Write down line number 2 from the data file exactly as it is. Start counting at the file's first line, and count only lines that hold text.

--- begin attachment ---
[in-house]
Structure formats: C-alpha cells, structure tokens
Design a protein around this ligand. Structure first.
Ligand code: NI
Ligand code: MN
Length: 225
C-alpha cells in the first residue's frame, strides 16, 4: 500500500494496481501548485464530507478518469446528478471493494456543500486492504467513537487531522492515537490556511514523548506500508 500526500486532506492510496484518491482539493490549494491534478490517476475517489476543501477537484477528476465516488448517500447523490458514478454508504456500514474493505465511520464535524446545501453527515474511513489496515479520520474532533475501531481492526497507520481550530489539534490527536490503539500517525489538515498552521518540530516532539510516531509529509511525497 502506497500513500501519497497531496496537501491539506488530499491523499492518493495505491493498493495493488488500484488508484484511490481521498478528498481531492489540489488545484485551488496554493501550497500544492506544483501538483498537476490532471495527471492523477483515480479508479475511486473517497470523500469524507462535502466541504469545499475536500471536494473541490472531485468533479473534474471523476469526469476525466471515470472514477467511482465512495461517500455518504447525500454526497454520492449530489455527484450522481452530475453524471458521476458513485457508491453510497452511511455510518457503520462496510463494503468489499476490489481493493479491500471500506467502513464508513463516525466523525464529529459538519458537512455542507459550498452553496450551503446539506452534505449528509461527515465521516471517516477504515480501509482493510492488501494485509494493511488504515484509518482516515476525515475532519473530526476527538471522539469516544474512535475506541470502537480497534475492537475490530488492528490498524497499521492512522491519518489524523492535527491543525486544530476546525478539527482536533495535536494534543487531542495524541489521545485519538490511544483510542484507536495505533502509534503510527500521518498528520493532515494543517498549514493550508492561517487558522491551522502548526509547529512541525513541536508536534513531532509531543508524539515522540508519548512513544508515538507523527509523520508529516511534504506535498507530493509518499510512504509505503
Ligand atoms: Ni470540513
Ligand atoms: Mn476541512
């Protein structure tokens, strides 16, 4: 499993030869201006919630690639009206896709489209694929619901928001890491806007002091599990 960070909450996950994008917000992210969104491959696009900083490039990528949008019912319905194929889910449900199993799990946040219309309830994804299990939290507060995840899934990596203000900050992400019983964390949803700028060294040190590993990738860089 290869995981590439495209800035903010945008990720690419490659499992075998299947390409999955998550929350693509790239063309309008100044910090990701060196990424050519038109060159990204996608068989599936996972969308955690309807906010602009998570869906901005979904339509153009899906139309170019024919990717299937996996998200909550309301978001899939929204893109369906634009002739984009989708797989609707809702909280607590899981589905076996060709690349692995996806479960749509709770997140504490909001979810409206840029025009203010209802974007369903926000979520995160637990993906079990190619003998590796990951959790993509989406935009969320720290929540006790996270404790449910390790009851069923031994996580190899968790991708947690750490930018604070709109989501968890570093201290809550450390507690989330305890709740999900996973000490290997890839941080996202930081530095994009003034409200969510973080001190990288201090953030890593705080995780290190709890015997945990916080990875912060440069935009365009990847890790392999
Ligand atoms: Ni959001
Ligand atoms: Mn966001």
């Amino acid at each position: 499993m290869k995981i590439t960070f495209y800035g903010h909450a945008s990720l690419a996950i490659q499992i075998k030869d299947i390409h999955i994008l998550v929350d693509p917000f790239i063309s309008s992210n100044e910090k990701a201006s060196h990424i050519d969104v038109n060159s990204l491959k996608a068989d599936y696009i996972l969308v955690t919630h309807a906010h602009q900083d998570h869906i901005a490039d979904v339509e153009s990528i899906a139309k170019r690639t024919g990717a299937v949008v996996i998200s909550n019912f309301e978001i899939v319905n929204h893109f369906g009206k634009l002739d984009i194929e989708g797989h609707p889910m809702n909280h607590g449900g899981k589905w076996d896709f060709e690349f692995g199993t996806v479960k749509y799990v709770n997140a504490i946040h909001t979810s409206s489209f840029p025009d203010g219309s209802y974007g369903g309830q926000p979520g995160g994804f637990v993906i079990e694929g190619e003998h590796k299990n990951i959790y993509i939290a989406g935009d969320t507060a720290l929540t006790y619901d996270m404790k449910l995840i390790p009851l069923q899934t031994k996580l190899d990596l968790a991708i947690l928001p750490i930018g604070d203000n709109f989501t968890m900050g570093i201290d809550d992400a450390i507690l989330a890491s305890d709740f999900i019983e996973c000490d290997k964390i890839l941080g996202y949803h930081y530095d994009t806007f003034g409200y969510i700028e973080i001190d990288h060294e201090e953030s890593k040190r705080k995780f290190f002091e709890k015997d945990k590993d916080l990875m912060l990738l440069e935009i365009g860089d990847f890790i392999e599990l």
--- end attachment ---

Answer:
Structure formats: C-alpha cells, structure tokens